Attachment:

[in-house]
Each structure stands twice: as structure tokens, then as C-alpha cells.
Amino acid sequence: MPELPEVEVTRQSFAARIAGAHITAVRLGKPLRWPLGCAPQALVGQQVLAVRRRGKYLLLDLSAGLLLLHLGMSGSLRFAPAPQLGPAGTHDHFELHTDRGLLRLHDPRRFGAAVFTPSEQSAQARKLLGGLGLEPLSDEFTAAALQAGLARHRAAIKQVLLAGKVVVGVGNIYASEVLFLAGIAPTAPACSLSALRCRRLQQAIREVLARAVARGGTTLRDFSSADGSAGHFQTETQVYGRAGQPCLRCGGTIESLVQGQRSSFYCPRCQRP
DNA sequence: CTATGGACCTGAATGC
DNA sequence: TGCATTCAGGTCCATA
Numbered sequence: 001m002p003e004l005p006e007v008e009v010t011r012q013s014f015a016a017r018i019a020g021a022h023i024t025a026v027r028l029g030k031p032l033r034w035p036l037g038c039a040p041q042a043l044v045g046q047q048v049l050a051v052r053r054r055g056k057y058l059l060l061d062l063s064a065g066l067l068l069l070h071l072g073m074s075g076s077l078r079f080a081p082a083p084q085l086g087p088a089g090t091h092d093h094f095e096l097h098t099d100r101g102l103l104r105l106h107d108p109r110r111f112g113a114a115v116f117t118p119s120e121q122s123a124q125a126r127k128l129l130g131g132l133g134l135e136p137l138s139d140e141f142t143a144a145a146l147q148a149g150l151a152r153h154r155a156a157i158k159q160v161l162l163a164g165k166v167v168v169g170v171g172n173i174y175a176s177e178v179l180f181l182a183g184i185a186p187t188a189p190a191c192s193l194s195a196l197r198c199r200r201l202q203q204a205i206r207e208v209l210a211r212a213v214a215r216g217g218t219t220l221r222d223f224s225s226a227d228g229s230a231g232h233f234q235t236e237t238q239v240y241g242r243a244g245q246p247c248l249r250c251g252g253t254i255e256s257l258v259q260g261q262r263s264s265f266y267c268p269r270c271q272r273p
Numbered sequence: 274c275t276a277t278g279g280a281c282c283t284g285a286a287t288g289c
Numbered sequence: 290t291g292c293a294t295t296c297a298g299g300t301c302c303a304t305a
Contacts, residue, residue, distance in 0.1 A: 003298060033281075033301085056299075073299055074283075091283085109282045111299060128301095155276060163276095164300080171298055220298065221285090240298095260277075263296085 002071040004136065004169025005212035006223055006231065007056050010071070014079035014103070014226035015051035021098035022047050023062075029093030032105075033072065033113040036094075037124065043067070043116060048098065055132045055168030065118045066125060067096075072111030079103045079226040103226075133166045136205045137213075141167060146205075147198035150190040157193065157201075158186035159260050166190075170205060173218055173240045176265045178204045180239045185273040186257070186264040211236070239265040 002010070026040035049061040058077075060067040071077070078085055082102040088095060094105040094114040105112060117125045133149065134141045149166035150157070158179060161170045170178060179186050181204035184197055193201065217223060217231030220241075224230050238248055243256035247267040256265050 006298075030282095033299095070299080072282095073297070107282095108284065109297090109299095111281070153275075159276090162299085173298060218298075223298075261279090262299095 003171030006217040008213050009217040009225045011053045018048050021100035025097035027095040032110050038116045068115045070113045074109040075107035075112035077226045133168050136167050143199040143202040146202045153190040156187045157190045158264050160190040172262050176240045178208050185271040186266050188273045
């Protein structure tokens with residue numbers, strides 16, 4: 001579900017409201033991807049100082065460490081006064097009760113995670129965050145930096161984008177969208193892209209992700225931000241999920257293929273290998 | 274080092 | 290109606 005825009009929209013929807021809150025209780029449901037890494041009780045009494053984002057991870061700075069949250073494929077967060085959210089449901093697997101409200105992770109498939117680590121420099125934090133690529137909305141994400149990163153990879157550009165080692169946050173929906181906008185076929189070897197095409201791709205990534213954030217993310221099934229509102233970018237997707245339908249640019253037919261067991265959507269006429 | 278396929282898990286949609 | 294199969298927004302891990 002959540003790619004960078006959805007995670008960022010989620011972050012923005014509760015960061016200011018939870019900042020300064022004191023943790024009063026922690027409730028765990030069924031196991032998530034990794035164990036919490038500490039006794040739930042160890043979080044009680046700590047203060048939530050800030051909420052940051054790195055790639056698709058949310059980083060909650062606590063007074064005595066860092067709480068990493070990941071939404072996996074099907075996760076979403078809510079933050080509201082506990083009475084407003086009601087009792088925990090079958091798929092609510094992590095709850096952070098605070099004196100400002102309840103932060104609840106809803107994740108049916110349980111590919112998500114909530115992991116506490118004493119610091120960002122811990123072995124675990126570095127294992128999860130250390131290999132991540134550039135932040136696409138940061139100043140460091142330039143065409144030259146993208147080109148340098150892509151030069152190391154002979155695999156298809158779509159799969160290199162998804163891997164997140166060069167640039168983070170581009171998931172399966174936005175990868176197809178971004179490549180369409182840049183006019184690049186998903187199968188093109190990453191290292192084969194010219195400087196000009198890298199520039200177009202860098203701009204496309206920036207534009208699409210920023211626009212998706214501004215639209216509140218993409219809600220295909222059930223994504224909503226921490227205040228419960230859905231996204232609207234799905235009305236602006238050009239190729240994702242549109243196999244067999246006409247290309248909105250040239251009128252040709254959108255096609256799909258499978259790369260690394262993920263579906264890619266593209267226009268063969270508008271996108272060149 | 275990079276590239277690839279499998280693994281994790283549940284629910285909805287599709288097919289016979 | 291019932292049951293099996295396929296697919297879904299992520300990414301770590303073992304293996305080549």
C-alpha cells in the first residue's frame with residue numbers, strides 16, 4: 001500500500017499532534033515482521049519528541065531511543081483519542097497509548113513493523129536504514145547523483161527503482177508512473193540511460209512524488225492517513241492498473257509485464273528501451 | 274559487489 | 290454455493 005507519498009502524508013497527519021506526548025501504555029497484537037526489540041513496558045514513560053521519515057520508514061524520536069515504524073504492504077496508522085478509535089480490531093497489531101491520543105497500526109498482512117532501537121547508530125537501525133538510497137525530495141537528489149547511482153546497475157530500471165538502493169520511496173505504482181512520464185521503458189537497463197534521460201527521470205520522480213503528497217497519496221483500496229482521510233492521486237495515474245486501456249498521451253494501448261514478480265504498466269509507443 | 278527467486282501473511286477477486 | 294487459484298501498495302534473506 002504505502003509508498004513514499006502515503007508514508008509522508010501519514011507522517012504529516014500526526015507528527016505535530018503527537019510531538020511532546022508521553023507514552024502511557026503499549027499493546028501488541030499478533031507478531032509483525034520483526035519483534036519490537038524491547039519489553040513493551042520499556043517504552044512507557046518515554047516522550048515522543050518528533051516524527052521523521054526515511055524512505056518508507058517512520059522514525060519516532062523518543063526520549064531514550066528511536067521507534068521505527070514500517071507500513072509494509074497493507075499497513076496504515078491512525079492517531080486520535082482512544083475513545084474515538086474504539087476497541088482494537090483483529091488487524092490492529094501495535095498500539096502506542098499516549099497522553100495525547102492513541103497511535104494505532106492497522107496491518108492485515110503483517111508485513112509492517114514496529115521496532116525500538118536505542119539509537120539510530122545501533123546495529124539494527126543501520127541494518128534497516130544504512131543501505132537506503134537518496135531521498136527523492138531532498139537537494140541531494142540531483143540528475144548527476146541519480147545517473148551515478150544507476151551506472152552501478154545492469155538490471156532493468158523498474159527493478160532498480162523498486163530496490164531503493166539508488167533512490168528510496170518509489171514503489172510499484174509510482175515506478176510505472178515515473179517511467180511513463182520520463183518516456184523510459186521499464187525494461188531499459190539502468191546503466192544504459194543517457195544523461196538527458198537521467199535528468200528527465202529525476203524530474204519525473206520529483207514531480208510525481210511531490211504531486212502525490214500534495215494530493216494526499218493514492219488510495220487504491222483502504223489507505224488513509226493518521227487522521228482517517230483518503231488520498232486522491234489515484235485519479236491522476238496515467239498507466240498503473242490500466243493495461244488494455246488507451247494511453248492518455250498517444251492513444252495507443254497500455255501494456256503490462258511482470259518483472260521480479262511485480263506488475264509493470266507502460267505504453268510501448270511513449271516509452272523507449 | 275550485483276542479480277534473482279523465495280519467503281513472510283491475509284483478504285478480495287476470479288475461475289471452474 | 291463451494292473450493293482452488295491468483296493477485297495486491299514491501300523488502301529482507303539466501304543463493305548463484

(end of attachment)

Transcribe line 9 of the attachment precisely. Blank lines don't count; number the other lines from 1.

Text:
Contacts, residue, residue, distance in 0.1 A: 003298060033281075033301085056299075073299055074283075091283085109282045111299060128301095155276060163276095164300080171298055220298065221285090240298095260277075263296085 002071040004136065004169025005212035006223055006231065007056050010071070014079035014103070014226035015051035021098035022047050023062075029093030032105075033072065033113040036094075037124065043067070043116060048098065055132045055168030065118045066125060067096075072111030079103045079226040103226075133166045136205045137213075141167060146205075147198035150190040157193065157201075158186035159260050166190075170205060173218055173240045176265045178204045180239045185273040186257070186264040211236070239265040 002010070026040035049061040058077075060067040071077070078085055082102040088095060094105040094114040105112060117125045133149065134141045149166035150157070158179060161170045170178060179186050181204035184197055193201065217223060217231030220241075224230050238248055243256035247267040256265050 006298075030282095033299095070299080072282095073297070107282095108284065109297090109299095111281070153275075159276090162299085173298060218298075223298075261279090262299095 003171030006217040008213050009217040009225045011053045018048050021100035025097035027095040032110050038116045068115045070113045074109040075107035075112035077226045133168050136167050143199040143202040146202045153190040156187045157190045158264050160190040172262050176240045178208050185271040186266050188273045